I don't disagree that a double by Jeter would have been great in that situation. But so would a double by Granderson or Teixeira in my situation. Either way, you are still needing the non-out to tie the game. But in the bunt scenario, you can tie the game with a single but you probably don't tie the game with a Jeter single in the non-bunt scenario. Sure, your chances of winning the game (i.e. scoring more than two runs) is better if Jeter gets the hit. But what happens to your chances if he makes an unproductive out? Again, Jeter's chances of getting me into a chance to tie the game without the possibility of the DP far outweighs his chances of getting a hit in that situation. So, I would still have him lay down the bunt (especially since...and this is the part that the bunt haters usually forget...you are not automatically giving up the out when he bunts).

I do agree with you about reducing the chance to score three runs. But in that game: playing at home, coming back from 6-0 and starting the 9th down by three....I would take my chances with a good chance to tie the game and WIN it in extras (but then I guess I'm more of "glass half full" guy. lol). I will admit that I might have played it differently if the game was on the road. You know: play for the tie at home and play for the win on the road. I hate extra innings road games...

12 RIYank   ~  Aug 24, 2011 8:10 pm

Oh, yes, a whole lot of it was right! This part is still wrong:

"Again, Jeter's chances of getting me into a chance to tie the game without the possibility of the DP far outweighs his chances of getting a hit in that situation"

It doesn't. It just about balances.
We can tell this by looking at the Win Probabilities of the two situations (runners on first and second, nobody out; runners on second and third, one out). They are almost identical -- they differ by half a percentage point. Now, that's for an average batter. So if some people think Jeter is right now a considerably better than average batter, they are right to want him to swing away.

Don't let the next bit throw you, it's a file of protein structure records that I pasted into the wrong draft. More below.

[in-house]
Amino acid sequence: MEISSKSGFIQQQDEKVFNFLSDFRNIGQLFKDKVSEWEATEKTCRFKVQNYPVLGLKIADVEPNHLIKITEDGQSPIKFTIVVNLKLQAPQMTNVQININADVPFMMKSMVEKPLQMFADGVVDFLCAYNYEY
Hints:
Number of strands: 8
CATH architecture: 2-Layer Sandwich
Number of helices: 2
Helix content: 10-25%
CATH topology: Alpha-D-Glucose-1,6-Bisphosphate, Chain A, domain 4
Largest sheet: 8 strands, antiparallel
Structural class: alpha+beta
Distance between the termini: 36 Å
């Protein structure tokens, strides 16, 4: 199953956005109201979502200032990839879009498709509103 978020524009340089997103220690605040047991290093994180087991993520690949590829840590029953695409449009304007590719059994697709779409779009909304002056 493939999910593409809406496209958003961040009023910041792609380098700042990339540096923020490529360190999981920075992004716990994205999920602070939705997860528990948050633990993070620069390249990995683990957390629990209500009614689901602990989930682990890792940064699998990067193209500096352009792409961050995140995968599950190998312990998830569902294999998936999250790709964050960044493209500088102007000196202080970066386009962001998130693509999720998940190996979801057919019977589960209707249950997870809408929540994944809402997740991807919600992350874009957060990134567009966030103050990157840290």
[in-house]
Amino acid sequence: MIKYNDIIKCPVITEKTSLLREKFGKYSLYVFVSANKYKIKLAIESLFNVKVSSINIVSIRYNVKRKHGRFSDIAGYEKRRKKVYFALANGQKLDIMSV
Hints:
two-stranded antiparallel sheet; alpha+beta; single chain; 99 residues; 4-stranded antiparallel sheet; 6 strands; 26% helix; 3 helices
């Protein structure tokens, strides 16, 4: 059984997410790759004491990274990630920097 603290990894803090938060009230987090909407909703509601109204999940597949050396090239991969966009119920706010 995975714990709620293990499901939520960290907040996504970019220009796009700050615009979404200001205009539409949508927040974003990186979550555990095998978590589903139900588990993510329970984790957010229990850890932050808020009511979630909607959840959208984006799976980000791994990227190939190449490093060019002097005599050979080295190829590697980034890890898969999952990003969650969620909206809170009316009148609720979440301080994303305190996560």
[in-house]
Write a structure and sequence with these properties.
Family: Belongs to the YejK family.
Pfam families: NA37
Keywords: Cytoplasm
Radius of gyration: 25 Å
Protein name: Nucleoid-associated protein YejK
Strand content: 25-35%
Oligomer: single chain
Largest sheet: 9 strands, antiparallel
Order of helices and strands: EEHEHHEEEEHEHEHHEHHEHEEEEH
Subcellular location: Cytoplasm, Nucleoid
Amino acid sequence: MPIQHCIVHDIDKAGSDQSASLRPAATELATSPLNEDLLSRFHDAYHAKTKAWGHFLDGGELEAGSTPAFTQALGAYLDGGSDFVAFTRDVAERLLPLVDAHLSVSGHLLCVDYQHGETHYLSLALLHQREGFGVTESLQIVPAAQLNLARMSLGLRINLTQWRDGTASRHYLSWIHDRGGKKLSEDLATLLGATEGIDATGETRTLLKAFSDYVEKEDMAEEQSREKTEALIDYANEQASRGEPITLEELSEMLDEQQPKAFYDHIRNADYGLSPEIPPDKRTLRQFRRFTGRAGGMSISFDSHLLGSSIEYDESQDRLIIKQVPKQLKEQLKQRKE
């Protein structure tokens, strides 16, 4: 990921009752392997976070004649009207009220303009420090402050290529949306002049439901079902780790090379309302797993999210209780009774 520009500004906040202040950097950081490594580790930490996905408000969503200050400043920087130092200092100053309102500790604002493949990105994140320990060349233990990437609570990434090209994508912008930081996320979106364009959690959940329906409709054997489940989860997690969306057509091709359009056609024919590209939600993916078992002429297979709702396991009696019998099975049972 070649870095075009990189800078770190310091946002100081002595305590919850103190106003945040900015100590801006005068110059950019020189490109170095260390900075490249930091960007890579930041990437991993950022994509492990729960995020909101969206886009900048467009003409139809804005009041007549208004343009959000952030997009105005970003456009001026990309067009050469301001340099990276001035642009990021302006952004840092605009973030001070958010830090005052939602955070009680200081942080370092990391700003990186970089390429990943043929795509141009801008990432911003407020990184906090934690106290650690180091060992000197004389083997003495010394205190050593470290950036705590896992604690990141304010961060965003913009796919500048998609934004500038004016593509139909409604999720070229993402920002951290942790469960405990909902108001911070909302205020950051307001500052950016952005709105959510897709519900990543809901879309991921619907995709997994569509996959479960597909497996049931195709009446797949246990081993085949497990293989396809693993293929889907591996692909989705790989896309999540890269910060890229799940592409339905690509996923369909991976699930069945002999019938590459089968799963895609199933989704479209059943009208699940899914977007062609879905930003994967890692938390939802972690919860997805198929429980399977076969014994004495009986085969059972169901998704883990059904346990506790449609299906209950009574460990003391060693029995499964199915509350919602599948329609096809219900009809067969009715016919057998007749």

The other thing is, of course, that calling for a bunt is not the same as automatically giving up an out and moving the runners. So if you think Jeter is a great bunter and the A's are not expecting the bunt, that favors bunting; if you think they were expecting it and he's only a so-so bunter, that favors not bunting.

Yes, I'm aware we're on to the next game now, but I just checked this thread one more time!

13 Bama Yankee   ~  Aug 24, 2011 10:04 pm

[12] Thanks for coming back over to discuss this with me. Maybe I just don't get that "Win Probabilites" stat. I mean, I've seen some of those statistics in the past but I'm not sure where the data comes from (how far back does it go? Does it include just the Yankees? Or is the AL where they don't bunt as much or the NL where they do...or both?).

I guess what I would like to see is the probability of the two guys you bunt over scoring on a subsequent base hit vs. the probability of Jeter getting a base hit (with his double play possibilities thrown in there for good measure) and then those same two runs scoring. I realize that stat probably doesn't exist, but that's what I would like to use to see if my statement was false or not. Again, thanks for discussing this with me.

14 Kered Retej   ~  Aug 24, 2011 10:38 pm

Thanks from a lurker on the education on this stuff. One question I had is that the Win Expectancy data includes the bunt, right? That is, the Win Expectancy for the runners on 1st and 2nd no outs includes all the times there was a bunt, which in my mind can skew that number.

For example, if you believe that not bunting results in more runs, the "true" Win Expectancy of the runners on 1st and 2nd no outs is really a little bit higher (because all of the past hitters would have hit away).

If I understand the point from Bama, I think that's an argument for less variance in the results. Just using averages doesn't tell the whole story; you need the distribution as well, I think.

15 Bama Yankee   ~  Aug 24, 2011 11:12 pm

[14] Exactly! That has always been my point about that Win Expectancy stat. I assumed it included the "bunt" cases along with the "non-bunt" or "swing away" cases. You would really need to break those two cases out of the stats. What is the Win Expectancy of the cases when the bunt was used vs. when the bunt was NOT used. That was the question I wanted to ask RIYank.